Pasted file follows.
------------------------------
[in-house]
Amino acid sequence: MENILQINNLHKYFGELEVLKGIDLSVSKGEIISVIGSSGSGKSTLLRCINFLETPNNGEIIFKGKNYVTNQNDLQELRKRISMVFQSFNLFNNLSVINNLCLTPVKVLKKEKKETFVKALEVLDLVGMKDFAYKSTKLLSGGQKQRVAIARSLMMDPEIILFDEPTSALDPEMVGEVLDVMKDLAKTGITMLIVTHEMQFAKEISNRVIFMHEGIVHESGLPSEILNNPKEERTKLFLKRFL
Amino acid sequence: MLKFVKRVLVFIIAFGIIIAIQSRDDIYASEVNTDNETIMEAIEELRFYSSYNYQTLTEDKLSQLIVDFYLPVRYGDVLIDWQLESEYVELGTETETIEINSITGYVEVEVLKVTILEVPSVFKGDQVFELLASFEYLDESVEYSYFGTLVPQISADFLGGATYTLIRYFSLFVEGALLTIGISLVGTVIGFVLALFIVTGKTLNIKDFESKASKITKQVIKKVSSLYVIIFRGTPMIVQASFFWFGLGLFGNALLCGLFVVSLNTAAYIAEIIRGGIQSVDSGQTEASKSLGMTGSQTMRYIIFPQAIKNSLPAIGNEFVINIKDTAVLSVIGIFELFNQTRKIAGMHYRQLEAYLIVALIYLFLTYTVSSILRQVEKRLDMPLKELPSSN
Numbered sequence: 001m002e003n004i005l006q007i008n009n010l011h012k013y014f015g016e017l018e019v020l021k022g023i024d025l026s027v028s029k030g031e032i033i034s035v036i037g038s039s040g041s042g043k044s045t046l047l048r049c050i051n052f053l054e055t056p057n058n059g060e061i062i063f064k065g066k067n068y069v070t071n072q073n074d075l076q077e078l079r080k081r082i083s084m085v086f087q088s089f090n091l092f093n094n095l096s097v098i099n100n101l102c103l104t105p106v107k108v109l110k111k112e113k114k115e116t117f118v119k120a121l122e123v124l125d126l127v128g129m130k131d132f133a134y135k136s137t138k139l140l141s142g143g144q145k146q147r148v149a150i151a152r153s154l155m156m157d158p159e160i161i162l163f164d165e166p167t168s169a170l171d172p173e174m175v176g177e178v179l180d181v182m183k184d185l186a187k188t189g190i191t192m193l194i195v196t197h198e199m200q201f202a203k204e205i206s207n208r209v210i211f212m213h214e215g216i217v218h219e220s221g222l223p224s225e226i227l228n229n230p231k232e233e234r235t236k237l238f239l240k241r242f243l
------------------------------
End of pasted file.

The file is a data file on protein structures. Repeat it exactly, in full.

[in-house]
Amino acid sequence: MENILQINNLHKYFGELEVLKGIDLSVSKGEIISVIGSSGSGKSTLLRCINFLETPNNGEIIFKGKNYVTNQNDLQELRKRISMVFQSFNLFNNLSVINNLCLTPVKVLKKEKKETFVKALEVLDLVGMKDFAYKSTKLLSGGQKQRVAIARSLMMDPEIILFDEPTSALDPEMVGEVLDVMKDLAKTGITMLIVTHEMQFAKEISNRVIFMHEGIVHESGLPSEILNNPKEERTKLFLKRFL
Amino acid sequence: MLKFVKRVLVFIIAFGIIIAIQSRDDIYASEVNTDNETIMEAIEELRFYSSYNYQTLTEDKLSQLIVDFYLPVRYGDVLIDWQLESEYVELGTETETIEINSITGYVEVEVLKVTILEVPSVFKGDQVFELLASFEYLDESVEYSYFGTLVPQISADFLGGATYTLIRYFSLFVEGALLTIGISLVGTVIGFVLALFIVTGKTLNIKDFESKASKITKQVIKKVSSLYVIIFRGTPMIVQASFFWFGLGLFGNALLCGLFVVSLNTAAYIAEIIRGGIQSVDSGQTEASKSLGMTGSQTMRYIIFPQAIKNSLPAIGNEFVINIKDTAVLSVIGIFELFNQTRKIAGMHYRQLEAYLIVALIYLFLTYTVSSILRQVEKRLDMPLKELPSSN
Numbered sequence: 001m002e003n004i005l006q007i008n009n010l011h012k013y014f015g016e017l018e019v020l021k022g023i024d025l026s027v028s029k030g031e032i033i034s035v036i037g038s039s040g041s042g043k044s045t046l047l048r049c050i051n052f053l054e055t056p057n058n059g060e061i062i063f064k065g066k067n068y069v070t071n072q073n074d075l076q077e078l079r080k081r082i083s084m085v086f087q088s089f090n091l092f093n094n095l096s097v098i099n100n101l102c103l104t105p106v107k108v109l110k111k112e113k114k115e116t117f118v119k120a121l122e123v124l125d126l127v128g129m130k131d132f133a134y135k136s137t138k139l140l141s142g143g144q145k146q147r148v149a150i151a152r153s154l155m156m157d158p159e160i161i162l163f164d165e166p167t168s169a170l171d172p173e174m175v176g177e178v179l180d181v182m183k184d185l186a187k188t189g190i191t192m193l194i195v196t197h198e199m200q201f202a203k204e205i206s207n208r209v210i211f212m213h214e215g216i217v218h219e220s221g222l223p224s225e226i227l228n229n230p231k232e233e234r235t236k237l238f239l240k241r242f243l